What are the challenges to doing this kind of epidemiological research in Costa Rica that you might not have elsewhere?

Well, there are many challenges to this work in general, particularly when the studies include new screening methods for vaccines. We have to coordinate many different groups, because we have the field effort on one hand; we have the collaborators in the States, the companies, the FDA, all the independent regulatory boards, and all the committees that supervise this work on the other. We have laboratories in different areas of the world that are doing different kinds of assays, all related to the same projects. This type of coordination is the most challenging.

Then, in Costa Rica, these studies are conducted mainly in rural areas and that creates logistical and transportation problems. Sometimes it’s challenging in terms of administration of resources, supervision of studies. You have to make sure there is appropriate medical supervision. You have to find the right groups to supervise, make sure you comply with all the international regulations, which can be stricter than they are internally. You have to be very active in public relations. You have to explain to the public what it is you’re doing. And you have to get the support of your own government, and when you’re collaborating with other governments, you have to make sure there’s fluid interaction between them. So all of that can be challenging.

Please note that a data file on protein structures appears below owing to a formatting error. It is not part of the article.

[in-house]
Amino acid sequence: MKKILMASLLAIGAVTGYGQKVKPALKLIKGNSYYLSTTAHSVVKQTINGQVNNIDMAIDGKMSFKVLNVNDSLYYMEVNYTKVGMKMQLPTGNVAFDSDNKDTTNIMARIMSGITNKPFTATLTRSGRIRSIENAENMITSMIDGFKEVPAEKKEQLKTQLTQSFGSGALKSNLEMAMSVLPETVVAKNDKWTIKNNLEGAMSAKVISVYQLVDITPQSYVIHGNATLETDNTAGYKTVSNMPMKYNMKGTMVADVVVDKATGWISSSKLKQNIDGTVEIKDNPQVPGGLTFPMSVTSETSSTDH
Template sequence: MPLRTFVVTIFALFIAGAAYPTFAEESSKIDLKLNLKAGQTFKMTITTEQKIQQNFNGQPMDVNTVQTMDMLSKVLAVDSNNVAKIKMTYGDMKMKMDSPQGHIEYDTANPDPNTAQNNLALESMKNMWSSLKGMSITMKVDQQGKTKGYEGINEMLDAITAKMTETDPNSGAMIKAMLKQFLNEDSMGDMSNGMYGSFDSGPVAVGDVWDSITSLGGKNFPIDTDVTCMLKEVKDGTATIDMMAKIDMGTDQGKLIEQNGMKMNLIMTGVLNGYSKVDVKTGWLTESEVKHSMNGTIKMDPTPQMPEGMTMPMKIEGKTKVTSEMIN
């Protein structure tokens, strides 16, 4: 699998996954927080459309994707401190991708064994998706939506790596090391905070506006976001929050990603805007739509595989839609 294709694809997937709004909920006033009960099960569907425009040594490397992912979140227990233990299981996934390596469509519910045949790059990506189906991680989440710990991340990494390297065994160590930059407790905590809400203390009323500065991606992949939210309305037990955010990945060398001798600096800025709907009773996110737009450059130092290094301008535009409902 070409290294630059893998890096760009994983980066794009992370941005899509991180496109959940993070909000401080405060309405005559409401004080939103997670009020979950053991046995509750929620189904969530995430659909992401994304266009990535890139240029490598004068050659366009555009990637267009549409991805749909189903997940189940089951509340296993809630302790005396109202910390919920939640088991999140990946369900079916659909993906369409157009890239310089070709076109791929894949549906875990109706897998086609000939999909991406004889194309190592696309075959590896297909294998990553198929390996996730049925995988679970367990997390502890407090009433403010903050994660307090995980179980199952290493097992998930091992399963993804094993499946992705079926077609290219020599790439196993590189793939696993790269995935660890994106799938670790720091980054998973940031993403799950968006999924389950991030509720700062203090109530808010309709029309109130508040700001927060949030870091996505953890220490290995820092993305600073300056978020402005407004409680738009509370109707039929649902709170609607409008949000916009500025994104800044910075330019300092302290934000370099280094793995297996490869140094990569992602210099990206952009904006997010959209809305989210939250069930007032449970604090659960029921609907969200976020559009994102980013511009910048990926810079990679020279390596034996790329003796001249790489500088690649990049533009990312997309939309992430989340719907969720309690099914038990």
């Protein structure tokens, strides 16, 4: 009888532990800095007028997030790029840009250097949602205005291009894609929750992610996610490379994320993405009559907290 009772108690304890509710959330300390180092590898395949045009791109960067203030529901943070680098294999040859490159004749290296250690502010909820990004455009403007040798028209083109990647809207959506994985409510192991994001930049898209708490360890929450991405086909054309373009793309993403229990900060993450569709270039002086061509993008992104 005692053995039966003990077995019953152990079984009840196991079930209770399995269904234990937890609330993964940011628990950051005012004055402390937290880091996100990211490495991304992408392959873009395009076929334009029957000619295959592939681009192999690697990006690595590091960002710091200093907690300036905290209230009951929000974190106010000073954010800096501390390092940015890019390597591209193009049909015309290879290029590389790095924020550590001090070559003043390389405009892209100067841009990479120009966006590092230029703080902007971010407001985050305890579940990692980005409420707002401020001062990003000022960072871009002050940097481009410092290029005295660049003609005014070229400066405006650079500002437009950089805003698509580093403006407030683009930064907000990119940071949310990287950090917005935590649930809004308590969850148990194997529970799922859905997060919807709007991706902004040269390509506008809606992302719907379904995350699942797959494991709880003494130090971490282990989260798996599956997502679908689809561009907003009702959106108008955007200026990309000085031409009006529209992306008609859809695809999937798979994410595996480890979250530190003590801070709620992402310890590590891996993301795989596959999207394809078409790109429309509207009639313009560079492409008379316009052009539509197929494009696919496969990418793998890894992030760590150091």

But I would say we also have an enormous advantage here. We have a universal healthcare system. People are used to being part of it; they trust the health system and they show a lot of interest in participating in these kinds of studies.

  What professional accomplishments give you the most satisfaction?

What I’m most proud of is that we now have developed a very large team here; we have team of more than 100 people that is fully dedicated to research on cervical cancer. We have trained scientists, epidemiologists, physicians, microbiologists, molecular biologists, and statisticians. The Guanacaste Project is a large research center, fully dedicated to HPV and cervical cancer. It is a tremendous tool. We are constantly developing new protocols, new projects, and implementing them in the field. We have clinics, laboratories, and repositories with computer systems, and different kinds of populations to study. That is all very rewarding, that we’ve managed to set up such a large and efficient group. And they are dedicated. I think it’s unique in terms of how specialized they are, how focused they are on one condition, which is such a big problem in Latin America and in developing countries throughout the world.

  What is the current focus of your research?

We’re now doing a large clinical trial of an HPV vaccine against type 16 and 18—the GlaxoSmithKline vaccine. This is being done with funding from the NCI and the support of several institutions here. It is an independent trial, by which I mean it’s not sponsored by the company or run by the company. It is run by the investigators and that gives it a unique quality. Most drug trials are done and administered, analyzed and published by the companies themselves. In this case, GSK gave us the vaccine, but we’re doing the work; we’re doing the analysis and writing up the publications together with our colleagues at the NCI. It’s good for everybody and for the company, which would like to see their results confirmed by independent investigators.